Blogautor: Wernher van de Venn

Asset Administration Shell as a Basic Concept for Implementing Industry 4.0

When talking about Industry 4.0 or, better yet, of the broader expression “digitalization in industry”, terms such as cyber-physical systems, digital twin, human-robot collaboration, IoT, augmented reality, big data and many more immediately pop up. Many companies either do not know the term Asset Administration Shell (AAS) at all or consider the AAS to be an unnecessary “academic” overhead for the implementation of Industry 4.0. In fact, the AAS is one of the most underestimated core elements of digitalization, as it is the central concept of Industry 4.0 to enable seamless interoperability. The AAS empowers continuous vertical, horizontal and life cycle integration as it provides a standardized digital description for each asset. This description is not only of static nature but can also reflect the real-time behavior of systems. In this blog we would like to briefly explain and introduce the essential features and advantages of the AAS.

Reference Architecture Model Industry 4.0 (RAMI4.0)

To explain the concept of the AAS, we first have to start with a brief excursion into the Reference Architecture Model for Industry 4.0 (RAMI4.0) in order to understand where the idea of the AAS originates from. RAMI4.0 introduces all elements and IT components in a layer and life cycle model and divides complex processes into simple, manageable packages. RAMI4.0 thus describes how an asset, i.e., a physical object in industrial production, including the product itself, can be converted into a digital representation and processed in the digital world. In other words, RAMI4.0 is the „guide“ for digitalization in industry. RAMI4.0 structures the discussion about assets essentially along the three following „axes“ (Fig. 1):

  • Layers: Representation of the information relevant to the role of the asset in the form of the „layers“ Asset, Integration, Communication, Information, Functional and Business.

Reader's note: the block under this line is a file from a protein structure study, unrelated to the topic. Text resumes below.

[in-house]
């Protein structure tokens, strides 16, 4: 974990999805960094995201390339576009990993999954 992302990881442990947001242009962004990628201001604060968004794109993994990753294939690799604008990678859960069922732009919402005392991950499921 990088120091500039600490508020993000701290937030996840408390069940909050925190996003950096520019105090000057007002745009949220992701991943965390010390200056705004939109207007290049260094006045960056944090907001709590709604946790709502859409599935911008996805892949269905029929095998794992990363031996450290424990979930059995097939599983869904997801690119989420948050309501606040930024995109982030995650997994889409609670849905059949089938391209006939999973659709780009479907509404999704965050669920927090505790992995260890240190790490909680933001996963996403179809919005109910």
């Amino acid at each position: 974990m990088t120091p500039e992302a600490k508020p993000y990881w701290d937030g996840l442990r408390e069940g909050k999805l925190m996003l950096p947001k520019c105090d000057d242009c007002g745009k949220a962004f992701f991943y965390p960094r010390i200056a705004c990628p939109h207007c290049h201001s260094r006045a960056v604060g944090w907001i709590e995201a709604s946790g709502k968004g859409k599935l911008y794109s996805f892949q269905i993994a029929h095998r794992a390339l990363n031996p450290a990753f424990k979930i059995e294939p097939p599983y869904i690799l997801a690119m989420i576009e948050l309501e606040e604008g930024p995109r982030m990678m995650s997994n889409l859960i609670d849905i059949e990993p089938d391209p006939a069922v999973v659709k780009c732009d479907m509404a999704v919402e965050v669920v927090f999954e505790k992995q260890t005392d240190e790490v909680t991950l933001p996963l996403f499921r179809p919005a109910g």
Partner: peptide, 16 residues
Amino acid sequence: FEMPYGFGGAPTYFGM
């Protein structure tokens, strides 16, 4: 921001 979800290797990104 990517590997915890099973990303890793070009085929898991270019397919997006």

• Lifecycle: Representation of the lifecycle of an asset separated according to the development of the „type“ and the production of the „instances“ based on IEC 62890.
  • Hierarchy: Assignment of functional models of product, field device, control unit, station, technical system, company, networked world, etc. based on the standards DIN EN 62264-1 and DIN EN 61512-1.

As Figure 1 shows, the lowest layer of RAMI4.0 contains the assets, i.e., the physical world, while the layers above describe the digital world. The essential question now is: how to link the physical asset to the digital world and how to achieve the networking of the various hierarchy levels and life cycles across the different layers?

Fig 1.:     3D representation of the Reference Architecture Model Industry 4.0 (RAMI4.0),
Source: DIN SPEC 91345:2016-04 Reference Architecture Model Industry 4.0 (RAMI4.0)

Asset Administration Shell

Now the answer to the question asked above is quite simple: we need a „translator“ which also includes other functions for communication, data provision, ensuring data security, description of the asset property, and so on. You can think of this translator as the digital twin of the physical asset. It practically forms a shell around the real object and, so to speak, encapsulates the physical object in the digital world. This digital representation of the asset is known as the Asset Administration Shell. Together with the asset, the AAS forms the so-called “Industry 4.0 component”. The AAS provides information on Industry 4.0 components, a unique identifier for this asset and a general interface to access the information and functionalities of the asset.

Fig 2.:     Asset Administration Shell
Source: ZVEI SG Modelle & Standards